Exercise improves cardiovascular fitness even after 30 years of inactivity

מתוך medicontext.co.il

WESTPORT, CT (Reuters Health) – Even substantial decreases in cardiovascular fitness resulting from decades of inactivity can be substantially reversed with modest endurance training, according to two reports, by the same research team, in Circulation: Journal of the American Heart Association for September 18.

The findings are based on a study of five men who participated in the Dallas Bed Rest and Training Study. In 1966, when the men were 20 years of age, their cardiovascular fitness was evaluated at baseline and after 20 days of bed rest.

"Twenty days of bed rest really compromised their cardiovascular fitness in most hemodynamic measures," lead investigator Dr. Darren K. McGuire, from the University of Texas Southwestern Medical Center at Dallas, told Reuters Health.

When the men were in their early 50s, Dr. McGuire and colleagues reevaluated their cardiac fitness. Only one of them had engaged in regular physical activity.

"The most interesting finding is that using the baseline data from the 1966 study, 30 years of aging appear to be not as bad on cardiovascular fitness as 20 days of bed rest was when the subjects were 20 years old," Dr. McGuire said.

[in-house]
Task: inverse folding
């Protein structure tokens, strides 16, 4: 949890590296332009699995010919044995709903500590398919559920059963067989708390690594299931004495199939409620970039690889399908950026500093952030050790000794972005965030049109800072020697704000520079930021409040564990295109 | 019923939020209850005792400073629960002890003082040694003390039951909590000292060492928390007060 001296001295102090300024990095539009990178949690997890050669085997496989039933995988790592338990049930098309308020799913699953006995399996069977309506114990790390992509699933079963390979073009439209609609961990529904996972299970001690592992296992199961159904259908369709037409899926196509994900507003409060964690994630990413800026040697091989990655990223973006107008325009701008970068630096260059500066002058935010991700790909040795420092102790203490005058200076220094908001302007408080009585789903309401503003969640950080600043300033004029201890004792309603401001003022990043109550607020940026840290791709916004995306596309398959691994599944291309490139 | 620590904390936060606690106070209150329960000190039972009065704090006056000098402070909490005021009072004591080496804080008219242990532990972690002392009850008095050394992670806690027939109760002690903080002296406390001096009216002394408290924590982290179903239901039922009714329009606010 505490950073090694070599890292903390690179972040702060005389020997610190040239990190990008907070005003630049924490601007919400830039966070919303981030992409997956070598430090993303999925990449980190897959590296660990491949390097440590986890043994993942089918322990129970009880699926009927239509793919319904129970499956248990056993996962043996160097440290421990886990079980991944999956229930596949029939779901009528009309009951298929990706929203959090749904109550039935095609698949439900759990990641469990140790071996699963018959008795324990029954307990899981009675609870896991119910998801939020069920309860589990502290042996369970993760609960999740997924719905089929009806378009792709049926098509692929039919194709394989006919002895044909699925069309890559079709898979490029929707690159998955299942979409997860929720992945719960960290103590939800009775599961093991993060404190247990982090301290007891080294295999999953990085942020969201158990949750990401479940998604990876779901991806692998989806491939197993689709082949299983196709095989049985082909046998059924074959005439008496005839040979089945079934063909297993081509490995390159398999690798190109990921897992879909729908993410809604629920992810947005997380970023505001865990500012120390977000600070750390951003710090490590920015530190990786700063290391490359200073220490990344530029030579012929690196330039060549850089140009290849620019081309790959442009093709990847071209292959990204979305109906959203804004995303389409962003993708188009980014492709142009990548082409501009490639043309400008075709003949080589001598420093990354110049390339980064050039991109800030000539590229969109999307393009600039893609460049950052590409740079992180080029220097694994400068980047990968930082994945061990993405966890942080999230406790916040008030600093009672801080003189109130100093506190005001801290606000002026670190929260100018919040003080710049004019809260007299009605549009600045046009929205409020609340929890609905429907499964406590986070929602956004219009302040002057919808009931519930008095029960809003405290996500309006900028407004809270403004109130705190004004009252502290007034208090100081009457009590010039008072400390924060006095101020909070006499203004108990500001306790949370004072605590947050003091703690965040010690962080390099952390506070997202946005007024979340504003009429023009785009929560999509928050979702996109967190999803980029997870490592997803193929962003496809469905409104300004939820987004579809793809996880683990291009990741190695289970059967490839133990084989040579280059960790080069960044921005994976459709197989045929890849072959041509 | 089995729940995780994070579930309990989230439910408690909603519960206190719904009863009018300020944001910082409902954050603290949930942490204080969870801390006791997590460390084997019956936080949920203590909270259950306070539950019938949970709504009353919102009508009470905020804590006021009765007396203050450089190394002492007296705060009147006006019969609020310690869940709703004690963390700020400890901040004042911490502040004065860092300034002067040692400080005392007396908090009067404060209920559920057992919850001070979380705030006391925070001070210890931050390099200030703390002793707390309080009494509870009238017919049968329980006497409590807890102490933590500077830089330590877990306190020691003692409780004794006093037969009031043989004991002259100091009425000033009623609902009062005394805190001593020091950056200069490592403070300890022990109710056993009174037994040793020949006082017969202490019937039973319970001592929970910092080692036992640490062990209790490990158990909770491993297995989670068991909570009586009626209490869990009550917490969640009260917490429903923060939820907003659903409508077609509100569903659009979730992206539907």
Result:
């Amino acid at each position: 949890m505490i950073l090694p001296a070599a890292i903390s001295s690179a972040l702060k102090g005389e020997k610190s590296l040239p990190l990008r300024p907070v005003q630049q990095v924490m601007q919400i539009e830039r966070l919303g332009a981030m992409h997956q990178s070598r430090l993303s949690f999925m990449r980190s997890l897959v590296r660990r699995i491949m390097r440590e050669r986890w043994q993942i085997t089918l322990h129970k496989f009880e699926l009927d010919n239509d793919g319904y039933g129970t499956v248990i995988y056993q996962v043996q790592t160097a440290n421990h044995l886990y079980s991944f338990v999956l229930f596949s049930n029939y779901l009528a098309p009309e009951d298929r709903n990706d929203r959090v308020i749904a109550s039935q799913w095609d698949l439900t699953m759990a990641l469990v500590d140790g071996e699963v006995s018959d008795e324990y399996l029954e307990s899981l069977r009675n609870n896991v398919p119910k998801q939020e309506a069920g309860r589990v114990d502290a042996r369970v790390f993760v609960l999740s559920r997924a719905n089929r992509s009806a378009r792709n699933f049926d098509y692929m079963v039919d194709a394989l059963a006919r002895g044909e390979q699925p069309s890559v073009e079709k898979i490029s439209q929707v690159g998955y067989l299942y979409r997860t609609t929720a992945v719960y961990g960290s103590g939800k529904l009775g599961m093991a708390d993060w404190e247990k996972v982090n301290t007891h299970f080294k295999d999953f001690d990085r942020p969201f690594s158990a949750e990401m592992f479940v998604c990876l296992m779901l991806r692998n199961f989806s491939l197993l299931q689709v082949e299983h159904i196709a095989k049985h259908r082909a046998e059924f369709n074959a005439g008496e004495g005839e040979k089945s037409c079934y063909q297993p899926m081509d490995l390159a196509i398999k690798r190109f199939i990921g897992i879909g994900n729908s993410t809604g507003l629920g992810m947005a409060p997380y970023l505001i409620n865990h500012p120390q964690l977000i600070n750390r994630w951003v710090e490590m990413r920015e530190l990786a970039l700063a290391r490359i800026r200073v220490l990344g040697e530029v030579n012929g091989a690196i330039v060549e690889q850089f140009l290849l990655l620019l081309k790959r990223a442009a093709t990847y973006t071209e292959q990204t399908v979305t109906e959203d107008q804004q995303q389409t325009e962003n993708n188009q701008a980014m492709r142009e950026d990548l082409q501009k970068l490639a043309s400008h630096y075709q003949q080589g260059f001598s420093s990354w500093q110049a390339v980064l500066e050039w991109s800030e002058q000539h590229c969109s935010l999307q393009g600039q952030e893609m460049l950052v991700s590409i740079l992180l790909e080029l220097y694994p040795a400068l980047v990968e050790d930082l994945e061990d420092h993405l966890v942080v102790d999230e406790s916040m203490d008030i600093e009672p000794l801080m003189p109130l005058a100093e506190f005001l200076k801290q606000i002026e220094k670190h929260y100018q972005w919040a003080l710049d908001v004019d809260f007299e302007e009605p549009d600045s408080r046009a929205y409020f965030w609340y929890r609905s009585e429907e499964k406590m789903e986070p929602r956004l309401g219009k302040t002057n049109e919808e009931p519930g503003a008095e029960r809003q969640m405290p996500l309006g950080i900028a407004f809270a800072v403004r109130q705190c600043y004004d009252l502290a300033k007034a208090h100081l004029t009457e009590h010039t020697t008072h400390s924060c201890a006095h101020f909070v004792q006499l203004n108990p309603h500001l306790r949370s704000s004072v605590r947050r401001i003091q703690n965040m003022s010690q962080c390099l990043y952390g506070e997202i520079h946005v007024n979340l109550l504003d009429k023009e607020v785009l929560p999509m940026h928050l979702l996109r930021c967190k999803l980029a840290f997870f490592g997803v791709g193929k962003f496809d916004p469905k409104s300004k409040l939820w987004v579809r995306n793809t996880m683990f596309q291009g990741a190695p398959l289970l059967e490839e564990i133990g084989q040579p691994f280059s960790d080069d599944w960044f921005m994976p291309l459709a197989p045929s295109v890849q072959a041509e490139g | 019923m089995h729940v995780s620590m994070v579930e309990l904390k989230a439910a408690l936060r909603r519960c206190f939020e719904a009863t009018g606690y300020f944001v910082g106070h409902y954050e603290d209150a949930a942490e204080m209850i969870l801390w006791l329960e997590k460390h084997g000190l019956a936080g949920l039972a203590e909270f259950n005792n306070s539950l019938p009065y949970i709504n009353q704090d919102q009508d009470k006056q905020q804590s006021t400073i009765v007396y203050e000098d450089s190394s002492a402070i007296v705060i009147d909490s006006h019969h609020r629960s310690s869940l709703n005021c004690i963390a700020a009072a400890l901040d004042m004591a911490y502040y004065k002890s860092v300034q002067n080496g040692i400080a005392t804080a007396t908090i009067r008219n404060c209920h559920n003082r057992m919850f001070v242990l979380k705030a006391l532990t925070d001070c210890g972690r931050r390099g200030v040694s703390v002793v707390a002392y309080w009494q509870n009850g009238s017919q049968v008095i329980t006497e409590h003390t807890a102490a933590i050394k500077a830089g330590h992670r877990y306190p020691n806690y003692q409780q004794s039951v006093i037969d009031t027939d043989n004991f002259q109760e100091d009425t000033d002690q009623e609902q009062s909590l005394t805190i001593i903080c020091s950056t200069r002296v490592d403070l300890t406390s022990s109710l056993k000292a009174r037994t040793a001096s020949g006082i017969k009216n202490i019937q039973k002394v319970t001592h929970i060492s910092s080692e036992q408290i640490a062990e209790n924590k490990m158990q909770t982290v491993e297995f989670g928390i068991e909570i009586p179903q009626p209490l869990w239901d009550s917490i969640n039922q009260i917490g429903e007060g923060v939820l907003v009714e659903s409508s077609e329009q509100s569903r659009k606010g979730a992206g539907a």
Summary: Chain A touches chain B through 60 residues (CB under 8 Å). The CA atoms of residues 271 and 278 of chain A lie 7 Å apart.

Over 30 years the average body weight of the men increased by 25% and the percent of body fat doubled. Average maximal oxygen uptake decreased (11%), as did maximal heart rate (6%), and maximal stroke volume increased (16%) with no difference in cardiac output, the researchers found. In addition, maximal AV oxygen difference decreased by 15%.

In the second part of the study the men underwent a 6-month endurance training program consisting of walking, cycling or jogging.

"The encouraging finding is that these men, after a relatively modest 6-month endurance training program, were able to get back to an aerobic power level consistent with their 20-year-old baseline," Dr. McGuire said. "So we were able to reverse a substantial portion of that aerobic power that had been lost over the years."

When the men were 20 years old their response to exercise training was both central and peripheral adaptation, Dr, McGuire noted. Cardiac function, the ability to maximize cardiac output with training, and the body's ability to take up and use oxygen improved, he explained.

"We found that when these subjects were 50 years old almost the entire decrease in cardiovascular fitness occurred as a result of a loss of the ability to take up and use oxygen," Dr. McGuire said. The gain that the men achieved was all peripheral adaptation. The reasons for this change in cardiovascular response to exercise with age are unknown, he said.

But one thing is clearer, Dr. McGuire stressed. "It appears that it is never too late to start exercising."

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